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Time Travelling with Giants

Time Travelling with Giants

Amruth Alfred's Story
(Awardee of 23rd Recognition Ceremony)
Faculty of Science

“Magic is just science that we don’t understand yet.” With that being the case, Amruth Alfred, a PhD student in the Department of Physics, might have been considered a wizard a few centuries ago.

Last July, Amruth took part in Kurt Gödel’s Legacy: Does Future lie in the Past?, a multidisciplinary conference held at The University of Vienna. As a celebration of Gödel’s work, the Conference explored travelling across the fields of logic, philosophy, physics and more, and honoured the 100th anniversary of Albert Einstein's theory of general relativity. Instead of “standing upon the shoulders of giants”, participants were invited to travel through time – or at least, discuss its possibility – alongside them.

Photo of Amruth with his presentation board

“Most things will most likely only be discovered after we’ve all died, But we’re still moving forward, and that’s what matters, right?”

At the conference, Amruth won a gold medal for his presentation on his research on dark matter. “Dark matter is still a total mystery,” explained Amruth. Still incapable of being directly observed, dark matter remains elusive to many scientists, including Amruth, who runs computer simulations on a dark matter model and observes the predictions.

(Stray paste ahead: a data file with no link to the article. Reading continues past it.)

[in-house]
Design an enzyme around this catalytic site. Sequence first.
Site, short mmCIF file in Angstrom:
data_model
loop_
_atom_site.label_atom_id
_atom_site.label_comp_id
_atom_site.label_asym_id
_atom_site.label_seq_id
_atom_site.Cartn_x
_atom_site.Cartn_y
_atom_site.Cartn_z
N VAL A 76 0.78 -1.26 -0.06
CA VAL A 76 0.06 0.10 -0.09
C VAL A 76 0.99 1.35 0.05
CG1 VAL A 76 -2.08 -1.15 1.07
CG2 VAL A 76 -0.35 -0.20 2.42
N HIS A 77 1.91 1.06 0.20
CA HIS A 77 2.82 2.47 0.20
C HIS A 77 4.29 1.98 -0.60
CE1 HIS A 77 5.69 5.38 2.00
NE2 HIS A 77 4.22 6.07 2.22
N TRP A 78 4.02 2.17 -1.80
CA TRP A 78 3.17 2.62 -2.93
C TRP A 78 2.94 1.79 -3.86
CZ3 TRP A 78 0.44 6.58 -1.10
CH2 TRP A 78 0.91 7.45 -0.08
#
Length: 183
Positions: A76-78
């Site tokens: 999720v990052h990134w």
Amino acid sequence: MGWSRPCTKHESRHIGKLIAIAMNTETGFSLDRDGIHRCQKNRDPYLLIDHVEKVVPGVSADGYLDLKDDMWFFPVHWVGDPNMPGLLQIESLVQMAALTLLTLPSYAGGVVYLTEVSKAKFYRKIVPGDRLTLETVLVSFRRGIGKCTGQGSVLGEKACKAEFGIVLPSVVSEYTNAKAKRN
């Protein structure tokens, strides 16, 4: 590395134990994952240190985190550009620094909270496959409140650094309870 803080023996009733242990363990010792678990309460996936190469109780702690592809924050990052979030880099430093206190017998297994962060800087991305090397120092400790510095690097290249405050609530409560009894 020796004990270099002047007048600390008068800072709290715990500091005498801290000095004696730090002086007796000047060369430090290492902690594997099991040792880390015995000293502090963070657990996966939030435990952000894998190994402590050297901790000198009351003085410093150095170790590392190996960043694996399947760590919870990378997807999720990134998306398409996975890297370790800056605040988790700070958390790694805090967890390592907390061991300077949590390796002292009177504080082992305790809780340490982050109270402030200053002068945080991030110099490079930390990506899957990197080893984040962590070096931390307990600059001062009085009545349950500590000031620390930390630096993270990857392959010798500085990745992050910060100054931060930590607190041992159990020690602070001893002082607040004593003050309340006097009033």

So how is dark matter connected to time travel? “Well,” Amruth laughed, “It’s very complicated!” In essence, he explained, time travel might be possible due to the instabilities in space predicted by Einstein’s theory of general relativity. Dark matter may fit into the equation somewhere, but it seems that only time will tell.

“Most things will most likely only be discovered after we’ve all died,” said Amruth thoughtfully. “But we’re still moving forward, and that’s what matters, right?”

Amruth’s favourite part of the Conference is interacting with some of the brightest minds of our generation. “It was amazing to talk to them freely,” said Amruth. “Some people present were even old enough that their parents actually saw Einstein!”

Were there any funny Einstein anecdotes shared among the guests? Laughing, Amruth began, “So apparently, Gödel and Einstein had lunch together every day when they were colleagues.”

Their assistants were very curious about what the two talked about over lunch, so one day, the assistants secretly pulled Gödel aside and asked. Did they spend lunchtime debating theories of the universe? They wondered. Or did they discuss the fine points of their research?

“No,” Gödel answered, a bit nonplussed, they talked about magazines!

“Sometimes people think that all scientists must be stuffy nerds,” concluded Amruth with a chuckle. “But that’s a misconception. Even Einstein was all-rounded – his theory of relativity was actually inspired by philosophy.”

In a similar vein, he advised aspiring scientists and undergraduates against sticking their noses into technical handbooks only. “It’s important to have a wider view of things. Instead of only reading textbooks, why not branch out into sci-fi and laymen science books as well?” Amruth himself is a fan of Asimov and Arthur C. Clarke, and lists Carl Sagan’s Cosmos as his favourite book.

As Amruth mentioned, sometimes our life’s work only bears fruition many years after our passing. Nevertheless, “our generation plants trees, and another gets the shade” – perhaps this benefaction, too, is a worthy form of time travel.

Written by:
Gabrielle Tse
Year 3, Faculty of Arts 
and Faculty of Law
April 2020

Time Travelling with Giants